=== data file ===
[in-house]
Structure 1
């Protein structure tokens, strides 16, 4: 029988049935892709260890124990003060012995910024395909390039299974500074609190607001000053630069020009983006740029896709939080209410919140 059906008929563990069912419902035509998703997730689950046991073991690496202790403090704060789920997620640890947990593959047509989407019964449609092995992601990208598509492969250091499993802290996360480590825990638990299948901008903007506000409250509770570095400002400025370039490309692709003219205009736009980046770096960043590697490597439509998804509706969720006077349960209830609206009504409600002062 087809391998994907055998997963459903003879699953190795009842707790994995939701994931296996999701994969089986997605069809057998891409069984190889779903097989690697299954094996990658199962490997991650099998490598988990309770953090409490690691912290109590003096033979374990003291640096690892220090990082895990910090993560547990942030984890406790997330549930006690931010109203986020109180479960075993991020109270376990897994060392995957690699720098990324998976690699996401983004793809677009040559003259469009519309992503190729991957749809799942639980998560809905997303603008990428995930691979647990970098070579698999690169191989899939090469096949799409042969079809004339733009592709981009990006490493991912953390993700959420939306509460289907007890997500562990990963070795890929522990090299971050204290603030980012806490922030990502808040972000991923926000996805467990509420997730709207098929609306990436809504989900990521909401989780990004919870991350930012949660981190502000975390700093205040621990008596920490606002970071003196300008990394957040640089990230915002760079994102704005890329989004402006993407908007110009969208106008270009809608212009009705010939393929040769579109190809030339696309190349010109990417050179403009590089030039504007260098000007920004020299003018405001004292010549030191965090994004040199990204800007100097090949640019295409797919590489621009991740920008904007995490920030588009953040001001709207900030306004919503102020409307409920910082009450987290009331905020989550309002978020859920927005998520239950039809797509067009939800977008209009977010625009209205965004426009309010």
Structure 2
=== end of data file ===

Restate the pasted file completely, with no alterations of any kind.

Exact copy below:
[in-house]
Structure 1
């Protein structure tokens, strides 16, 4: 029988049935892709260890124990003060012995910024395909390039299974500074609190607001000053630069020009983006740029896709939080209410919140 059906008929563990069912419902035509998703997730689950046991073991690496202790403090704060789920997620640890947990593959047509989407019964449609092995992601990208598509492969250091499993802290996360480590825990638990299948901008903007506000409250509770570095400002400025370039490309692709003219205009736009980046770096960043590697490597439509998804509706969720006077349960209830609206009504409600002062 087809391998994907055998997963459903003879699953190795009842707790994995939701994931296996999701994969089986997605069809057998891409069984190889779903097989690697299954094996990658199962490997991650099998490598988990309770953090409490690691912290109590003096033979374990003291640096690892220090990082895990910090993560547990942030984890406790997330549930006690931010109203986020109180479960075993991020109270376990897994060392995957690699720098990324998976690699996401983004793809677009040559003259469009519309992503190729991957749809799942639980998560809905997303603008990428995930691979647990970098070579698999690169191989899939090469096949799409042969079809004339733009592709981009990006490493991912953390993700959420939306509460289907007890997500562990990963070795890929522990090299971050204290603030980012806490922030990502808040972000991923926000996805467990509420997730709207098929609306990436809504989900990521909401989780990004919870991350930012949660981190502000975390700093205040621990008596920490606002970071003196300008990394957040640089990230915002760079994102704005890329989004402006993407908007110009969208106008270009809608212009009705010939393929040769579109190809030339696309190349010109990417050179403009590089030039504007260098000007920004020299003018405001004292010549030191965090994004040199990204800007100097090949640019295409797919590489621009991740920008904007995490920030588009953040001001709207900030306004919503102020409307409920910082009450987290009331905020989550309002978020859920927005998520239950039809797509067009939800977008209009977010625009209205965004426009309010």
Structure 2